The Gibraltar Museum was founded in 1930. Located in the city centre it houses a fascinating array of cultural and natural history collections, prints, paintings and drawings, and objects from 127,000 years ago to the present day. Parts of the building date back to the 14th century, when an impressive set of baths was constructed in what is now the basement of the Museum. These Moorish Baths, contemporary with the castle, are some of the finest remains of the period in the Iberian Peninsula.
They have been fully excavated and are incorporated into the Museum’s displays. Importantly, the Gibraltar Museum is the main interpretation hub for Gibraltar’s newly-inscribed UNESCO World Heritage Site – Gorham’s Cave Complex. The site was added to the UNESCO List on 15th July, 2016 as an exceptional testimony to the occupation, cultural traditions and material culture of Neanderthal and Early Modern Human populations through a period spanning more than 120,000 years. Museum displays include ‘Nana and Flint’ – two very accurate forensic reconstructions of a Neanderthal woman and child taken from the two Neanderthal skulls found in Gibraltar in 1848 and 1926 and a film on the making of the Neanderthal models by the Kennis Brothers.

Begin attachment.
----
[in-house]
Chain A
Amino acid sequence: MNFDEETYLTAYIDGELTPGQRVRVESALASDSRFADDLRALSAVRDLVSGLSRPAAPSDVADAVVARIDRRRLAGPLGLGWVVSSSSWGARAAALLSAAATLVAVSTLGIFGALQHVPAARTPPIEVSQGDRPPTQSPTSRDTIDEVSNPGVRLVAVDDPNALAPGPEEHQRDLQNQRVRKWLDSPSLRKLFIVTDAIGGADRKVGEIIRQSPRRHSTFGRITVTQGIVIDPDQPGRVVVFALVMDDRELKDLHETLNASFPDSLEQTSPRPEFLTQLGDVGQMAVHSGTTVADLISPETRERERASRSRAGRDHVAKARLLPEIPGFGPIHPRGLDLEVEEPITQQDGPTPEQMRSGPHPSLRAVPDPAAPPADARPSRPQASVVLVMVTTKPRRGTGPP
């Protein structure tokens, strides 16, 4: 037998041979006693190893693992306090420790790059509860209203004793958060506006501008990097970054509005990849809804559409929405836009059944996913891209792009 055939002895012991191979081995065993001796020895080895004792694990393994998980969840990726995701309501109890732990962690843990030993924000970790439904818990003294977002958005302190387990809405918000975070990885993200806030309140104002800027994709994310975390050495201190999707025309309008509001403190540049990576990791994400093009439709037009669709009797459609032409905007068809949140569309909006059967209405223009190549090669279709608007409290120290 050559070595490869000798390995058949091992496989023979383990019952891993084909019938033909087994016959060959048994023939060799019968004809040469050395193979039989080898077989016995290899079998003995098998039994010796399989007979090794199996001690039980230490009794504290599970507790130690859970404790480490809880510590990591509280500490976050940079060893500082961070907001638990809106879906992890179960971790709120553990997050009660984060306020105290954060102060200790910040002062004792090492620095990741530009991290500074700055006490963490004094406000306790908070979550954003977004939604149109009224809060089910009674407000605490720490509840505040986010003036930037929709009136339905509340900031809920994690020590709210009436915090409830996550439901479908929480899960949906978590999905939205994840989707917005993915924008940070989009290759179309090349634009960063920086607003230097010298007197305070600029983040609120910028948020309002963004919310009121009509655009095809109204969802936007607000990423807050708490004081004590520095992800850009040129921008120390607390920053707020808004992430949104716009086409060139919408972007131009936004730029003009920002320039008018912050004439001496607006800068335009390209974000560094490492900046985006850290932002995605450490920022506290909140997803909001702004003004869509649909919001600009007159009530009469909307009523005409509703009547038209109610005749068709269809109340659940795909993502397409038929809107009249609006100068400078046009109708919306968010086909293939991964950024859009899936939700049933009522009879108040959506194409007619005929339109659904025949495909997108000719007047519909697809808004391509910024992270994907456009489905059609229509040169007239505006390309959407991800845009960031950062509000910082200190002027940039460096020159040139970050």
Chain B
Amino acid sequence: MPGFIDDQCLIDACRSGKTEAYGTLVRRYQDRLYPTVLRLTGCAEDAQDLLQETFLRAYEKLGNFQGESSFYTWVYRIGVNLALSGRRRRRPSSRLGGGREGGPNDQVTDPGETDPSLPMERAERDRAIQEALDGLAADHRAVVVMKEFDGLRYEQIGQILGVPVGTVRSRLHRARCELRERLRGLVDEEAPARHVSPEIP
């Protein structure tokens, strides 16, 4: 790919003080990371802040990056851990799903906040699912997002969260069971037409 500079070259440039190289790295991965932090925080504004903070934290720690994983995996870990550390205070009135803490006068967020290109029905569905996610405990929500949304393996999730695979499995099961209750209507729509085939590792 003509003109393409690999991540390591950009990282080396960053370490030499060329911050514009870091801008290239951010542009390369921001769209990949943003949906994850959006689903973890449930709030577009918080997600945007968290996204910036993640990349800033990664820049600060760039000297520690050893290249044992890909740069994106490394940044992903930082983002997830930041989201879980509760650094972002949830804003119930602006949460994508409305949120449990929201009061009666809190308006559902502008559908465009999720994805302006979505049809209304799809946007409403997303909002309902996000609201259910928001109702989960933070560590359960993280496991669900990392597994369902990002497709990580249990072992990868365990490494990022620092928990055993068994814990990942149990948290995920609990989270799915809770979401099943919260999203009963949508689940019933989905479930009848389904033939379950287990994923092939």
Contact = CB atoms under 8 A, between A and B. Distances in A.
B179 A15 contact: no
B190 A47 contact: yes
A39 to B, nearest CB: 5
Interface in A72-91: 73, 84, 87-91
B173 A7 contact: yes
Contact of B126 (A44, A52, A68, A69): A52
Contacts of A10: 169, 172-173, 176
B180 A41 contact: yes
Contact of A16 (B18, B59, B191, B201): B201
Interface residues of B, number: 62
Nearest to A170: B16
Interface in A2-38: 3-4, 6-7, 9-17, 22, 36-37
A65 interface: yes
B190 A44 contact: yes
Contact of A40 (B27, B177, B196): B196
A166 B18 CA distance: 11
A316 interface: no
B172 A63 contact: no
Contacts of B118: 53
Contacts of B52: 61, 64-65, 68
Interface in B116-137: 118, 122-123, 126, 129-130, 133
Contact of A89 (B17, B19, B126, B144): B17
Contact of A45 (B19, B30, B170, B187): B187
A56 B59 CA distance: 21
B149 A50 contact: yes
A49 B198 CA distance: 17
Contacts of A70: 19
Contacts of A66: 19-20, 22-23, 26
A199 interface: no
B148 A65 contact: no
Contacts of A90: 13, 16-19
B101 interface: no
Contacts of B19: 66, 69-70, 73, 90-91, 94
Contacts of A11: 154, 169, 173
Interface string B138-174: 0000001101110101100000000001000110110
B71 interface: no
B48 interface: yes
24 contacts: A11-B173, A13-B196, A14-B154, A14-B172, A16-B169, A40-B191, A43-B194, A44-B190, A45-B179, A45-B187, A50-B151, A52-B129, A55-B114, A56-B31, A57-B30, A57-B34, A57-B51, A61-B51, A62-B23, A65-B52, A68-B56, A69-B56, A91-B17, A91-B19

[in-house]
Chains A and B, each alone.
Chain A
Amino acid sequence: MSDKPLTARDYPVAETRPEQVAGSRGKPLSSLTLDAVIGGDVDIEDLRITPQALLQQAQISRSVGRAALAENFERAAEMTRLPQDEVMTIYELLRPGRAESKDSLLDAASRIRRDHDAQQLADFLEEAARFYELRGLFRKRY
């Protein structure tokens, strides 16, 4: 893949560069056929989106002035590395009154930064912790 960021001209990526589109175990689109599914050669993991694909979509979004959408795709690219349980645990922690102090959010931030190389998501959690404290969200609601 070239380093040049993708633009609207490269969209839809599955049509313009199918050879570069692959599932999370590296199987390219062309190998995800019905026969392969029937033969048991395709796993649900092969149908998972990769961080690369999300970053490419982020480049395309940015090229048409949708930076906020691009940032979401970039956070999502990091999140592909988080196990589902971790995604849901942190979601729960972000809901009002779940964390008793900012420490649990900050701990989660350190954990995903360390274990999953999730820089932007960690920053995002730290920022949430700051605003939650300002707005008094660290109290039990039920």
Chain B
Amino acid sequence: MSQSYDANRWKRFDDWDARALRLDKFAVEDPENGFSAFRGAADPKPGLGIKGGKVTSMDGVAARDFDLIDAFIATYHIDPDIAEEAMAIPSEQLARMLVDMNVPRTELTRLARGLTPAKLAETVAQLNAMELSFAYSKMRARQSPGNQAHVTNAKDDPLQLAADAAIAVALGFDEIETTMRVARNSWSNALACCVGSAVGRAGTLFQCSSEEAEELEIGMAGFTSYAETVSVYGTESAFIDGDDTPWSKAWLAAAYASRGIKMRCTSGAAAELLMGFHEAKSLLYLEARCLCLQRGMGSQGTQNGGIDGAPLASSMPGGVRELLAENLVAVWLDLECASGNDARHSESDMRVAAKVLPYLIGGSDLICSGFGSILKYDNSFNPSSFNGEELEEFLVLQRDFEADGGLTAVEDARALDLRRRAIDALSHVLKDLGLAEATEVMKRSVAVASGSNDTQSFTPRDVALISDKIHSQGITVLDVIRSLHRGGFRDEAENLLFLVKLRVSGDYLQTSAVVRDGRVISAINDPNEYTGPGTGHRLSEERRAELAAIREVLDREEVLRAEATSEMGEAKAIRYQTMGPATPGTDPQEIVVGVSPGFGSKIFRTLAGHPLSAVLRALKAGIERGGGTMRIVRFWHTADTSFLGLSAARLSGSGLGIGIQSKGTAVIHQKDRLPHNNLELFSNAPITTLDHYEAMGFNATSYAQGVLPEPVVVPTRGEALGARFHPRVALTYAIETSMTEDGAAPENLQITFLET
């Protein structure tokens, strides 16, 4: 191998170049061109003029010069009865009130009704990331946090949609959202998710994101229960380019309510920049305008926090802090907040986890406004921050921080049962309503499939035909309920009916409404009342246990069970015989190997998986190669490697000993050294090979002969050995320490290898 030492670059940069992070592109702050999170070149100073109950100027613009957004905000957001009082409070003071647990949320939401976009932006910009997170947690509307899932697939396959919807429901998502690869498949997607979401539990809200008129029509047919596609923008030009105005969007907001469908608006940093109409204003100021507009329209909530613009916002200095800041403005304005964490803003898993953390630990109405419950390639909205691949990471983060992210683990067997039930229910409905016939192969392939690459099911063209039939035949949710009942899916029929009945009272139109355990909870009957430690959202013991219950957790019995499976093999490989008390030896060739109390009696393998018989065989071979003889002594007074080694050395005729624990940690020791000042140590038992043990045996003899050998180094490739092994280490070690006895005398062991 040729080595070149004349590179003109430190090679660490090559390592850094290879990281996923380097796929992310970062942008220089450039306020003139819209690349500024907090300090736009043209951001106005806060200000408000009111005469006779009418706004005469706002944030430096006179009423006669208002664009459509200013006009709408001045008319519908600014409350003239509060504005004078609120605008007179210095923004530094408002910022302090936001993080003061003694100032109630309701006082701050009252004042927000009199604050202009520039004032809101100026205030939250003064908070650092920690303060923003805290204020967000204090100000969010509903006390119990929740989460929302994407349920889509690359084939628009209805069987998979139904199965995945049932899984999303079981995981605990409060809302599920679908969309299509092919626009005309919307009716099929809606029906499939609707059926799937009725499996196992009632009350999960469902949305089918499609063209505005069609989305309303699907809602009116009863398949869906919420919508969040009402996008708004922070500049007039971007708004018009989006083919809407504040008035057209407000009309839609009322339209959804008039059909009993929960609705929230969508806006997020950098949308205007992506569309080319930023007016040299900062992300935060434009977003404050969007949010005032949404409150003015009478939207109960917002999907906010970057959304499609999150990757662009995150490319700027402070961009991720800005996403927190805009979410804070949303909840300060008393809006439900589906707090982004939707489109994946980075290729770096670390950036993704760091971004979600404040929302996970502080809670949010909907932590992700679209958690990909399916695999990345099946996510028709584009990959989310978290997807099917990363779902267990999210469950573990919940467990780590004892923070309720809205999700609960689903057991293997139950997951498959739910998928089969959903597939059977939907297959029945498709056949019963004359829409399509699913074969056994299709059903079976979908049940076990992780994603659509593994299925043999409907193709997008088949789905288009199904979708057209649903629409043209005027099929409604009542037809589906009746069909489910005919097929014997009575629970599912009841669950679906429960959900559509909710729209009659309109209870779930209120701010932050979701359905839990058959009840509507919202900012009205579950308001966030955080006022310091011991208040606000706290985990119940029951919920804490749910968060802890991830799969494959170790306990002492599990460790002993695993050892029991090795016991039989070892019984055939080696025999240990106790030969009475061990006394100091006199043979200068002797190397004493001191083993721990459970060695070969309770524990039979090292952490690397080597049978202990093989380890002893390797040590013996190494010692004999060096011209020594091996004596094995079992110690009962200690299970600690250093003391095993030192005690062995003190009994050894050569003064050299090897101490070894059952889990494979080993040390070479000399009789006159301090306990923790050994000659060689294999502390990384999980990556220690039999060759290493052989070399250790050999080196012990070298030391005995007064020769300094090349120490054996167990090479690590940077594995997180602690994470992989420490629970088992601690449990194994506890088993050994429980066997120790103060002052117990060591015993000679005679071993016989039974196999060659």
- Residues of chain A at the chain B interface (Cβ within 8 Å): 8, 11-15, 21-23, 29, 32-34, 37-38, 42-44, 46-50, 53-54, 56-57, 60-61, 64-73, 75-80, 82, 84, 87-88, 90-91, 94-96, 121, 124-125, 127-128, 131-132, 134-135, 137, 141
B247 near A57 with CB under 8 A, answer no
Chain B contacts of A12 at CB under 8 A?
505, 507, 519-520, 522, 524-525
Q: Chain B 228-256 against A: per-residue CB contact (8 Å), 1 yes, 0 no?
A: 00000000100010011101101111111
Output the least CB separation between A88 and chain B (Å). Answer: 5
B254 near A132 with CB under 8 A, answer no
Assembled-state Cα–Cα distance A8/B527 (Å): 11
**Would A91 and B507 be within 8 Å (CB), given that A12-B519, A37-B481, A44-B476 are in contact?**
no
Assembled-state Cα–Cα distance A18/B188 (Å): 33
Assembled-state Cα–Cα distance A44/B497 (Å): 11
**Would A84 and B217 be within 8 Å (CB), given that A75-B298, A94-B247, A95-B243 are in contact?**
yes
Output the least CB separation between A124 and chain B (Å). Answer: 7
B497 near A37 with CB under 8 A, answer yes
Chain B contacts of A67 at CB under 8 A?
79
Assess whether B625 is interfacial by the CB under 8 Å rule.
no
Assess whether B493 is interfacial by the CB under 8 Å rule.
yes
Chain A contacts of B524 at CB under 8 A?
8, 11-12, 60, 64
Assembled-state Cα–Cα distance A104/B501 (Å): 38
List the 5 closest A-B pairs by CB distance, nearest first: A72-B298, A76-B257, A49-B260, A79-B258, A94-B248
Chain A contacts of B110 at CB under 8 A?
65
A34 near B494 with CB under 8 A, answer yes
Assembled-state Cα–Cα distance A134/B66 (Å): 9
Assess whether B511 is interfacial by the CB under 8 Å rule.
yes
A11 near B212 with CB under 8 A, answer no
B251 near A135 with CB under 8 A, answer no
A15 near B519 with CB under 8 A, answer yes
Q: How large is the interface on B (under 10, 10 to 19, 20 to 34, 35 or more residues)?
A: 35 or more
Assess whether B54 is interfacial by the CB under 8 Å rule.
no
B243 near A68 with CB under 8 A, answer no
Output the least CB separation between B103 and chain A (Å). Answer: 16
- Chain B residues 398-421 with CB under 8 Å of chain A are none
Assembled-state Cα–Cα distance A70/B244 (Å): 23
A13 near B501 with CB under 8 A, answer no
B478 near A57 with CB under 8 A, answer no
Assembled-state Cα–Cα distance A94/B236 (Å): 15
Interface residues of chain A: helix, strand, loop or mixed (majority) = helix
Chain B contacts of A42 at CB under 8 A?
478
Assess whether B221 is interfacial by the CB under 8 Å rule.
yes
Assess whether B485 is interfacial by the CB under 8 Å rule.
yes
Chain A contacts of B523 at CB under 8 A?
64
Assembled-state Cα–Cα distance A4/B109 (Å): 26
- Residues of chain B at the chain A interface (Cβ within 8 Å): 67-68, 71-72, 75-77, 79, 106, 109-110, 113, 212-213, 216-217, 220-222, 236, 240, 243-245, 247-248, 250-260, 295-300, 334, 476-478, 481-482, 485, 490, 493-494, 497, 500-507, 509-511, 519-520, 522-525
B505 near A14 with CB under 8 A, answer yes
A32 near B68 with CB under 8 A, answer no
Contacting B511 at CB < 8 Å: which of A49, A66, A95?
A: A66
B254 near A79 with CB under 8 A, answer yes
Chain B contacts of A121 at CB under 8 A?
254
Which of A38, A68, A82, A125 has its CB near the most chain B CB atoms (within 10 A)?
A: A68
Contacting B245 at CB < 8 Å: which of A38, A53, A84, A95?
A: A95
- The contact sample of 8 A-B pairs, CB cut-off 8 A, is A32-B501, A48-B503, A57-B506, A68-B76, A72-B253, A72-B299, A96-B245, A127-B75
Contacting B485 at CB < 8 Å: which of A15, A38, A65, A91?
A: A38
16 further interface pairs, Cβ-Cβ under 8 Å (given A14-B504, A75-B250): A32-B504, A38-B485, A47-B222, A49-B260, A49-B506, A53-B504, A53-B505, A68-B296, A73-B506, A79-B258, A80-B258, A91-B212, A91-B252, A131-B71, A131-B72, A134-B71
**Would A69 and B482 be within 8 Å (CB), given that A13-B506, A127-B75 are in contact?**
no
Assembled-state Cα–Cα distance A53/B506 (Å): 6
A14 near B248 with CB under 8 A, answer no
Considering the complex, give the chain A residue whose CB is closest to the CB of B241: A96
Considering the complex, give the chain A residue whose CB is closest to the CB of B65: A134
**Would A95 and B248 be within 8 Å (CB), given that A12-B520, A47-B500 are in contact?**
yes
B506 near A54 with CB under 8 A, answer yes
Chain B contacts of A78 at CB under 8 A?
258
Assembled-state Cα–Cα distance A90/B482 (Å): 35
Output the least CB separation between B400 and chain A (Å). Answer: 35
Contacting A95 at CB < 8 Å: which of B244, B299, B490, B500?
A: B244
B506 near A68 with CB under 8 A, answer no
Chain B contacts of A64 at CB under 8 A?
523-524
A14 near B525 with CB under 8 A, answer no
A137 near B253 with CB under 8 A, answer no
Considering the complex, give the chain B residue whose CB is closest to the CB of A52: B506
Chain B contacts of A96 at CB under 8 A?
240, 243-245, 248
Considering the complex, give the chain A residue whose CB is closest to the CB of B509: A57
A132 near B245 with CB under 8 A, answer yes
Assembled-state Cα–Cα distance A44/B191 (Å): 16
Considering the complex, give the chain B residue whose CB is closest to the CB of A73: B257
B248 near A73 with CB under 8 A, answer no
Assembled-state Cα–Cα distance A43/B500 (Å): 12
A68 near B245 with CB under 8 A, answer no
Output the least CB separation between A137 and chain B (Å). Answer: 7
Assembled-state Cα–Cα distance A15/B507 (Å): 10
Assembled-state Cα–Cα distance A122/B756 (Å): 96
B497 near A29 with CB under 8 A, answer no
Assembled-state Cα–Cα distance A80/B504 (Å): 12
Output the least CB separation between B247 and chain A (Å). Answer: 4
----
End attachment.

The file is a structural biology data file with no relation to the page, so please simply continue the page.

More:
The Rock has been a world symbol for three millennia and the museum houses exhibits dedicated to the Rock as a symbol from the Pillars of Hercules to present day. In the garden - an archaeological excavation covering seven centuries of Gibraltar's history. Natural History of Gibraltar including reconstructions of past landscapes. The Moorish Baths and medieval Gibraltar. The Age of Exploration – 18th and 19th century scientific discoveries in Gibraltar including the two Neanderthal skulls. The Great Siege - dedicated to the Great Siege of Gibraltar (1779–1783). Rock model –an 8-metre (26 foot) long scale model of Gibraltar in 1868 and also includes old photographs of Gibraltar.